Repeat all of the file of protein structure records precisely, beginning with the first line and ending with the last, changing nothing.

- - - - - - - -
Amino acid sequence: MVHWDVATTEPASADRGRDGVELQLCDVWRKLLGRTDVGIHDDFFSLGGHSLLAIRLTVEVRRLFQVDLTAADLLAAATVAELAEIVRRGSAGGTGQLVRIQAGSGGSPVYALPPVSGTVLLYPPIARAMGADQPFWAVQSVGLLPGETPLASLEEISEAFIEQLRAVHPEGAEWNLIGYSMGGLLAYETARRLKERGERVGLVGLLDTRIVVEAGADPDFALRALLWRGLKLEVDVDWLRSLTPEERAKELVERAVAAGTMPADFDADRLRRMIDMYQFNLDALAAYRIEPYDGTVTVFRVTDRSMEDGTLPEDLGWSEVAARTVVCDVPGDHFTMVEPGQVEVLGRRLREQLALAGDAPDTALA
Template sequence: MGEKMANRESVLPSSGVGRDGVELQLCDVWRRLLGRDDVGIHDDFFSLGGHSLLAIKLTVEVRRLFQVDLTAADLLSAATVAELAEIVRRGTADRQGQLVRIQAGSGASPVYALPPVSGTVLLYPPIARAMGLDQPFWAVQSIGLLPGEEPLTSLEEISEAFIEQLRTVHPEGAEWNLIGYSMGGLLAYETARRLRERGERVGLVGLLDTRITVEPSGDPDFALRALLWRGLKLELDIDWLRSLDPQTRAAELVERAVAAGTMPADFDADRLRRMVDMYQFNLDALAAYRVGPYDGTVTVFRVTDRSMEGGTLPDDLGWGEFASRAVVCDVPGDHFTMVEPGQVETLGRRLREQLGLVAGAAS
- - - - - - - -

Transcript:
Amino acid sequence: MVHWDVATTEPASADRGRDGVELQLCDVWRKLLGRTDVGIHDDFFSLGGHSLLAIRLTVEVRRLFQVDLTAADLLAAATVAELAEIVRRGSAGGTGQLVRIQAGSGGSPVYALPPVSGTVLLYPPIARAMGADQPFWAVQSVGLLPGETPLASLEEISEAFIEQLRAVHPEGAEWNLIGYSMGGLLAYETARRLKERGERVGLVGLLDTRIVVEAGADPDFALRALLWRGLKLEVDVDWLRSLTPEERAKELVERAVAAGTMPADFDADRLRRMIDMYQFNLDALAAYRIEPYDGTVTVFRVTDRSMEDGTLPEDLGWSEVAARTVVCDVPGDHFTMVEPGQVEVLGRRLREQLALAGDAPDTALA
Template sequence: MGEKMANRESVLPSSGVGRDGVELQLCDVWRRLLGRDDVGIHDDFFSLGGHSLLAIKLTVEVRRLFQVDLTAADLLSAATVAELAEIVRRGTADRQGQLVRIQAGSGASPVYALPPVSGTVLLYPPIARAMGLDQPFWAVQSIGLLPGEEPLTSLEEISEAFIEQLRTVHPEGAEWNLIGYSMGGLLAYETARRLRERGERVGLVGLLDTRITVEPSGDPDFALRALLWRGLKLELDIDWLRSLDPQTRAAELVERAVAAGTMPADFDADRLRRMVDMYQFNLDALAAYRVGPYDGTVTVFRVTDRSMEGGTLPDDLGWGEFASRAVVCDVPGDHFTMVEPGQVETLGRRLREQLGLVAGAAS